The new initiative would change the way councils invest in technology, share expertise and ensure local residents receive the best quality services.
More than 50 local authorities, government departments and other organisations have signed up to the Local Digital Declaration pledge, agreeing a common vision for the future of local services.
Digital services have long been seen as one way of delivering public services to rural communities – so long as the right broadband infrastruture is in place.
Local government minister Rishi Sunak said many councils were at the forefront of digital innovation – whether it was an app to report fly-tipping, or online services to pay council tax.
But there was much more to do, he added.
“I want councils and partners across the country to sign up to this declaration. By supporting each other and building on each other’s work we can revolutionise services for our residents.
“While many councils already have excellent online offerings, the digital declaration is about sharing the best innovation across the public sector to benefit people.”
In Leicestershire, for example, the Leicester and Rutland school nursing service worked with young people to help them get health advice by text – Chat Health.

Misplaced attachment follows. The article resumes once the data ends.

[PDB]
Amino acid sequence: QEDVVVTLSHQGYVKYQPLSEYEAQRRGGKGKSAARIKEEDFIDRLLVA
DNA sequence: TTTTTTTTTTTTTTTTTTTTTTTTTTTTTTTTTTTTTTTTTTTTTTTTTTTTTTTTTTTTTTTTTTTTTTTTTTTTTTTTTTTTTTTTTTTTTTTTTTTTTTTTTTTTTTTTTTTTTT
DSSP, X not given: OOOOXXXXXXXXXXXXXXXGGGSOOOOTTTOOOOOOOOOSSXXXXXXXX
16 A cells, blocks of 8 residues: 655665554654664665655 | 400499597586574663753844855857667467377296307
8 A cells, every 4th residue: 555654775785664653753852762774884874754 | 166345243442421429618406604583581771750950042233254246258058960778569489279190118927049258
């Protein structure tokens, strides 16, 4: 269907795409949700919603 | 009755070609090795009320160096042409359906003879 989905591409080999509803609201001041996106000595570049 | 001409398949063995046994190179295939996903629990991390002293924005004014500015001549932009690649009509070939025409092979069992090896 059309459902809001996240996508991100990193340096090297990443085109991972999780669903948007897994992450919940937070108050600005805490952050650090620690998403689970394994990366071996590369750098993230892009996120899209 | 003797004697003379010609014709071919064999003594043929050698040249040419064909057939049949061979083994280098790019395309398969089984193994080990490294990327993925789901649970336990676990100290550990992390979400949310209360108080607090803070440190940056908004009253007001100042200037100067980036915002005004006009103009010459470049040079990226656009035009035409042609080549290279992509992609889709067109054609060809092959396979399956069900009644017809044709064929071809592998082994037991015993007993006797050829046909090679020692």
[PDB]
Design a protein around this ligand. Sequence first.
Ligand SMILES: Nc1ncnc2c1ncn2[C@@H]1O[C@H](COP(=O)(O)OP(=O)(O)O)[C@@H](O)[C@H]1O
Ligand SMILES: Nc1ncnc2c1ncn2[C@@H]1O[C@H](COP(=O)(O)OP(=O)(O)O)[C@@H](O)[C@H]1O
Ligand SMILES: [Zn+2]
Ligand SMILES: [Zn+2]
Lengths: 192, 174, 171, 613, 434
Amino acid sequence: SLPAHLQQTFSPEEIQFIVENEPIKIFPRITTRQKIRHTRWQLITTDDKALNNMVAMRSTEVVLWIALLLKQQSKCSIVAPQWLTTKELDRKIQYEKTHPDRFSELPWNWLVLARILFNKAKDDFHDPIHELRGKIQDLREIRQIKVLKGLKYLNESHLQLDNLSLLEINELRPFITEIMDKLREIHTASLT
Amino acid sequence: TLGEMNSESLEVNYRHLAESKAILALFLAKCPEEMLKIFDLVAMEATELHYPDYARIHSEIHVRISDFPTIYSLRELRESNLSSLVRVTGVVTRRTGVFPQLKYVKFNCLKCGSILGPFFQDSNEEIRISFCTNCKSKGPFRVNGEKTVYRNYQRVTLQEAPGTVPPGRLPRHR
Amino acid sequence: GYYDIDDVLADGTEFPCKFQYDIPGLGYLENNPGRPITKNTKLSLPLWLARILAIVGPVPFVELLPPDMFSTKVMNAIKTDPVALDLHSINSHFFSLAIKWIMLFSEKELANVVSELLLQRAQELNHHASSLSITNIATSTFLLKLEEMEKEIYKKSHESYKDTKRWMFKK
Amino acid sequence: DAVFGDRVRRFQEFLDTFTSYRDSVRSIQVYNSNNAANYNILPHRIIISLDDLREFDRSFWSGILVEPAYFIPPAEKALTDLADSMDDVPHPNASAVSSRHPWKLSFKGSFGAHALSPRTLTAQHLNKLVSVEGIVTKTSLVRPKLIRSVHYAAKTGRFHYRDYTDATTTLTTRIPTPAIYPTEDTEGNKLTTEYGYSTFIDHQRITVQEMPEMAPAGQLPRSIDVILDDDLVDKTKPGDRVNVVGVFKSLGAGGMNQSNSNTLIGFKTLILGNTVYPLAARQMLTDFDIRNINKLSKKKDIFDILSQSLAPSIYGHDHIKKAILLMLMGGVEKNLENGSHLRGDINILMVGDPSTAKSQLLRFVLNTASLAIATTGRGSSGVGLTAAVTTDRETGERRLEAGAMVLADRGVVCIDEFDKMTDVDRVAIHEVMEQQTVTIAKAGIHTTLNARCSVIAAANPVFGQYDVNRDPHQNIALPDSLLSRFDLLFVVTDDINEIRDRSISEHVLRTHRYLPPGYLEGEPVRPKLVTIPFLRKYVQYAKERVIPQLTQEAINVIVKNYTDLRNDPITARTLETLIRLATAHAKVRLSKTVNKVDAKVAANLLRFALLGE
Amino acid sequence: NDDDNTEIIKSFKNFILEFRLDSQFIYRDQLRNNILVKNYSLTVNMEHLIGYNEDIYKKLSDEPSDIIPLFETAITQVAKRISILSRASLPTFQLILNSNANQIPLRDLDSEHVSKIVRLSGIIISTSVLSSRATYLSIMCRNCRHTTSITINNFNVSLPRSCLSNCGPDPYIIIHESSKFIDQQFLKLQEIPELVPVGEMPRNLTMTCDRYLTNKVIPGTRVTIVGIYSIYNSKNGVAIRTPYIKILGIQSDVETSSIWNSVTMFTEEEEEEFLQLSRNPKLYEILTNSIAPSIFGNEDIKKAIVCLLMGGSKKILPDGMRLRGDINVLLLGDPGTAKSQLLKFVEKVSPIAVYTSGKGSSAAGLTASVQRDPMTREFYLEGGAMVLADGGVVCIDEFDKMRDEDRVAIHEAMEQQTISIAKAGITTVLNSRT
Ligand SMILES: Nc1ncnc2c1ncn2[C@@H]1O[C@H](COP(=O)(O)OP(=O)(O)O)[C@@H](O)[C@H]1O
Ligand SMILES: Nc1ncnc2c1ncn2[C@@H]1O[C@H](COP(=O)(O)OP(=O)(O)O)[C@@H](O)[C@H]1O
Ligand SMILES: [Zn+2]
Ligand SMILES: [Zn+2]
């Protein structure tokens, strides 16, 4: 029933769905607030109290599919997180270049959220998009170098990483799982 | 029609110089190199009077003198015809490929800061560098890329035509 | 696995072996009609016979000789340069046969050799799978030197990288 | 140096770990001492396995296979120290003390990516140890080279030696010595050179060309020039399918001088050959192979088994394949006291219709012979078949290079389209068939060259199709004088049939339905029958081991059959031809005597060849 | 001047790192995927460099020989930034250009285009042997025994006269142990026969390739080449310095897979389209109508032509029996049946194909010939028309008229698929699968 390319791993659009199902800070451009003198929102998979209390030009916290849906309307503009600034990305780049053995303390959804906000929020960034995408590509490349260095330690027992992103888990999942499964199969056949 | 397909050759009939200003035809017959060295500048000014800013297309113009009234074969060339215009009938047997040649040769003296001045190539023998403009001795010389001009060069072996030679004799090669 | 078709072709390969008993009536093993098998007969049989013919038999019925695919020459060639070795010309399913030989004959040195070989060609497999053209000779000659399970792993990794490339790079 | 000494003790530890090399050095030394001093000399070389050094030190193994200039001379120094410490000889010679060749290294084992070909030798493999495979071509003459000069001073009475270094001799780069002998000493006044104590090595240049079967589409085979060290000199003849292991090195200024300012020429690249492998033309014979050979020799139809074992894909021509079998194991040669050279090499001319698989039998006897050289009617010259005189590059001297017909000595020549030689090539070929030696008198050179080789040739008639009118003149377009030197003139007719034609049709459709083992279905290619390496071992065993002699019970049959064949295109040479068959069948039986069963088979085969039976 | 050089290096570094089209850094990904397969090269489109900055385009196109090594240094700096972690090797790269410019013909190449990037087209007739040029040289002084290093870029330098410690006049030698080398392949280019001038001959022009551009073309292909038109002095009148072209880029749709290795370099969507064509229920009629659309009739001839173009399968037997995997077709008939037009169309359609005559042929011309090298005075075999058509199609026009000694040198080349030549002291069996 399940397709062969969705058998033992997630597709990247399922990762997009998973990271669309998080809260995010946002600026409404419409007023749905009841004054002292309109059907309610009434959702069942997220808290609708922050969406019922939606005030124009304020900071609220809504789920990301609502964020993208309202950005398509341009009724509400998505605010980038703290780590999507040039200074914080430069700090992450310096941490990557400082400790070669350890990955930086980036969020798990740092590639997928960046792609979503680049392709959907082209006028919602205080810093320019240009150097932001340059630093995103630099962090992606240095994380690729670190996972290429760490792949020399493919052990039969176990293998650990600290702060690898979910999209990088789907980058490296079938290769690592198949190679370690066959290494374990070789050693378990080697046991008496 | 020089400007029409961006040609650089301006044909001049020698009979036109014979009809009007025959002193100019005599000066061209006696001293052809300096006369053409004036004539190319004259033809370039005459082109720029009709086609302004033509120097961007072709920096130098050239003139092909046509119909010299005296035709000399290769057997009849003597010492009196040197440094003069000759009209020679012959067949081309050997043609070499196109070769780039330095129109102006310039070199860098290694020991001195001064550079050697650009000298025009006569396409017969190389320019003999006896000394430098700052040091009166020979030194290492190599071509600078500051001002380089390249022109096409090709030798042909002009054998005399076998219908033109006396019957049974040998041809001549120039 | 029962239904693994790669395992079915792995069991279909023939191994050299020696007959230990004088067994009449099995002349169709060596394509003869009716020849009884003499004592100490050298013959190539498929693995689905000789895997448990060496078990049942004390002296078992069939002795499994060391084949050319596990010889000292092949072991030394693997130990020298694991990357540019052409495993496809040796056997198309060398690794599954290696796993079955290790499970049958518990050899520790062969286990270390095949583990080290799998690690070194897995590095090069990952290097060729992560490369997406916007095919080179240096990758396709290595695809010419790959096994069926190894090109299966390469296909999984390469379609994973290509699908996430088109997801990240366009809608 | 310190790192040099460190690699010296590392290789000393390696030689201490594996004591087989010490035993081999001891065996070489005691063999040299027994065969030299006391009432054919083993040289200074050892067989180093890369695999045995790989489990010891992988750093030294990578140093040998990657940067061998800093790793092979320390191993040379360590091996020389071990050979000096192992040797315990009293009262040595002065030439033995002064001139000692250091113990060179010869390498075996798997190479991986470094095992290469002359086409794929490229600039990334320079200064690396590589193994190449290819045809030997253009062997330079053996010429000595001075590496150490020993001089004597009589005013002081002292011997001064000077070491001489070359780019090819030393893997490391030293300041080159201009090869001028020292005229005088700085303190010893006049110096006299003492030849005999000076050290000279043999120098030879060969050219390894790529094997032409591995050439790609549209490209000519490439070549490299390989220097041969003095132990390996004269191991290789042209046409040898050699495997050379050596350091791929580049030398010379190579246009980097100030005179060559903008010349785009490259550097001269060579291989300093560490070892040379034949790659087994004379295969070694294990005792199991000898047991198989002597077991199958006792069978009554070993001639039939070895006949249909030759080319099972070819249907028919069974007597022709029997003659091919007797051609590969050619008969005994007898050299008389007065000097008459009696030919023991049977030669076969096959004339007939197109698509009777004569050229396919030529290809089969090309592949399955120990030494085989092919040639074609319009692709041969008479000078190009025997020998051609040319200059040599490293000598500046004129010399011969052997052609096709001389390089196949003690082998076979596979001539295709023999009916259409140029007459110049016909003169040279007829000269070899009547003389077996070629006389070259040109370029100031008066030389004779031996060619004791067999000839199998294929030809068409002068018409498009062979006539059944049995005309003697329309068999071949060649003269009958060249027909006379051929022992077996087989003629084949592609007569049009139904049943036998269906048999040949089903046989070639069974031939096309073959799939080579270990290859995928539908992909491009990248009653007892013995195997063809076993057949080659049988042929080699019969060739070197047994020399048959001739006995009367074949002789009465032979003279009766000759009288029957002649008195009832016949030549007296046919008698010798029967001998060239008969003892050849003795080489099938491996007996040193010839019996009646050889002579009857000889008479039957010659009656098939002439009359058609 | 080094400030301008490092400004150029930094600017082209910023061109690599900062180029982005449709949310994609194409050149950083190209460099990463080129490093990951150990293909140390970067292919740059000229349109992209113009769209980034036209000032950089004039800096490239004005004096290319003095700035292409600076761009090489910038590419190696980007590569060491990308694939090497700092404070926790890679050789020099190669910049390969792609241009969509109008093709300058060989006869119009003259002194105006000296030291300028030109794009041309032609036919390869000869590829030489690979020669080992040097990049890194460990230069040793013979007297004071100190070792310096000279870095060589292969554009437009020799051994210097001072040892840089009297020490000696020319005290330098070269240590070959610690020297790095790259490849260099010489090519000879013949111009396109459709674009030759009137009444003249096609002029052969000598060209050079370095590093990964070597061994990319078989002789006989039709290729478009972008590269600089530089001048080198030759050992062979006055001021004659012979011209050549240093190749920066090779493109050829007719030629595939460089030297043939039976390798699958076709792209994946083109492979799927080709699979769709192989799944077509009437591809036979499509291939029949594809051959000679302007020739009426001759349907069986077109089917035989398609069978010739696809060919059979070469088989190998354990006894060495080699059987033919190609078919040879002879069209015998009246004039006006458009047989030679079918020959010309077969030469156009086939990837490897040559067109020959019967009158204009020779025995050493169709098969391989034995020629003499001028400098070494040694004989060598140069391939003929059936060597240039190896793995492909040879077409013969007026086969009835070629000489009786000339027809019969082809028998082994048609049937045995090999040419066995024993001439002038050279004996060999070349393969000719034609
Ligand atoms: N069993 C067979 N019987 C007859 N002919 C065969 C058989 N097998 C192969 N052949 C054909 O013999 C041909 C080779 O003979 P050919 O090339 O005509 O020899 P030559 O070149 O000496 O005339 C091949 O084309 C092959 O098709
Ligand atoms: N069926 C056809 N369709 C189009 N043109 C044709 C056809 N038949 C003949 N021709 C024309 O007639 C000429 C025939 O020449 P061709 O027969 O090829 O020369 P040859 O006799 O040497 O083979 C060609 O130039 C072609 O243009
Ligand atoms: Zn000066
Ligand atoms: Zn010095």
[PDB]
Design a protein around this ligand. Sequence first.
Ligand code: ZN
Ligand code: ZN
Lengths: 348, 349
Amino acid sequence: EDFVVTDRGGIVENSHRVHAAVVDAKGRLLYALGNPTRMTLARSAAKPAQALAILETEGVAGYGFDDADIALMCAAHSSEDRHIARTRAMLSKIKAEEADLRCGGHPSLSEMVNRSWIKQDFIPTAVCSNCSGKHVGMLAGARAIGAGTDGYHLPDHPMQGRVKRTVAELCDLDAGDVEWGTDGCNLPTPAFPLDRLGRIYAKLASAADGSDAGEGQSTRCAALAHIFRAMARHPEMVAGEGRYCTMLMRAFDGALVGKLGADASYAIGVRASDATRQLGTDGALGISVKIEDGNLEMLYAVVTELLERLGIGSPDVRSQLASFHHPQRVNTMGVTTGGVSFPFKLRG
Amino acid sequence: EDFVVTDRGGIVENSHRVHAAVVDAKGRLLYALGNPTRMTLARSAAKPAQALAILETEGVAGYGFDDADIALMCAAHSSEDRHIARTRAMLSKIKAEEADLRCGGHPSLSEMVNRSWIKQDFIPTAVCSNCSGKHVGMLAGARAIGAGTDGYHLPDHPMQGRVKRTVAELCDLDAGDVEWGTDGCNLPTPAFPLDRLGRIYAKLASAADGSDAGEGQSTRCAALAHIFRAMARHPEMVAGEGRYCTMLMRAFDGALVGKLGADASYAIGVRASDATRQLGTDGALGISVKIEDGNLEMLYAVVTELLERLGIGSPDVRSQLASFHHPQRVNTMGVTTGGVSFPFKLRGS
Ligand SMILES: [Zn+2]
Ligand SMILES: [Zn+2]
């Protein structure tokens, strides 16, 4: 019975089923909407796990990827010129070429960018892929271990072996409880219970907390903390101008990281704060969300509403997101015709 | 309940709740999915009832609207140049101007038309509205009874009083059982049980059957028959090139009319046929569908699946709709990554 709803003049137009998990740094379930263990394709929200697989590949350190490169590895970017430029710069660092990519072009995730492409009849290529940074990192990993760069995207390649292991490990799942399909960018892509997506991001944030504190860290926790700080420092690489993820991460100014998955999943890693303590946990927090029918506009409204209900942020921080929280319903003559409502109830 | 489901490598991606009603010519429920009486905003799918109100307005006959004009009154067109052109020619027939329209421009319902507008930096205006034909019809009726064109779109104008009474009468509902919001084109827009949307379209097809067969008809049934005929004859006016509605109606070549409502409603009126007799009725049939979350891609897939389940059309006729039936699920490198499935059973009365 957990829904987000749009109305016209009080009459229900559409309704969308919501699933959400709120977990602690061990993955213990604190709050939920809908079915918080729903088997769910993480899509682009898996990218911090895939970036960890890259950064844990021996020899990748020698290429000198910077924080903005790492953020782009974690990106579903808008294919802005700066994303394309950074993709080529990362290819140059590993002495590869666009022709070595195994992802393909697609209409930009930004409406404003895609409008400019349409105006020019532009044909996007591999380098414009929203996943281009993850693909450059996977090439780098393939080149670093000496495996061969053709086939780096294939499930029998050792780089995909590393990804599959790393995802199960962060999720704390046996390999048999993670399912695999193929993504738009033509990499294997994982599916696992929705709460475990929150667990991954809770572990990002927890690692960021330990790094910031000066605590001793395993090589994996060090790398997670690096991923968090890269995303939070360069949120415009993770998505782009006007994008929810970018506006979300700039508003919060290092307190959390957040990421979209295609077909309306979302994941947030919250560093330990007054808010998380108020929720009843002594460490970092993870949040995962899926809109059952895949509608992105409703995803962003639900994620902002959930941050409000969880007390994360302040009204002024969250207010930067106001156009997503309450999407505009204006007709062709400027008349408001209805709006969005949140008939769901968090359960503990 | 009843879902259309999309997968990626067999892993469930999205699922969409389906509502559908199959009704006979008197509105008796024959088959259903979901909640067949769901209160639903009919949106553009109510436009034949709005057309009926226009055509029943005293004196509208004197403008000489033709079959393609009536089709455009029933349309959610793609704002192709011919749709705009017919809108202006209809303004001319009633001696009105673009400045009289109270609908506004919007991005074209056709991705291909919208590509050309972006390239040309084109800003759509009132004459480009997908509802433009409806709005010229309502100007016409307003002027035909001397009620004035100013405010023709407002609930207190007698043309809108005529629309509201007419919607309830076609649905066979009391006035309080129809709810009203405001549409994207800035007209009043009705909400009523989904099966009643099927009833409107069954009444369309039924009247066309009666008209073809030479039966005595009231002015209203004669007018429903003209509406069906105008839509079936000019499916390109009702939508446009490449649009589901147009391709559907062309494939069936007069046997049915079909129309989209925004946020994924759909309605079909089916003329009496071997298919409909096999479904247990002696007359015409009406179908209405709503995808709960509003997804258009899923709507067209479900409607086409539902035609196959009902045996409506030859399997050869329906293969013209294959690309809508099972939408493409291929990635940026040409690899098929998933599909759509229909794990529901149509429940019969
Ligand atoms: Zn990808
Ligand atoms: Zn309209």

Mr Sunak said the service was engaging young people in ways that suited their lives and preferences – and had now been rolled out to 30 areas and a million residents.
As part of the initiative, local authorities across the country will also be able to bid for a share of the £7.5m innovation fund to help develop common solutions to their shared challenges.
The pioneering new approach would also see a new course developed to train senior local authority staff in digital leadership skills, said Mr Sunak.
Alongside this, the Ministry of Housing, Communities and Local Government would establish a new team to work with councils to help them deliver on their declaration commitments.
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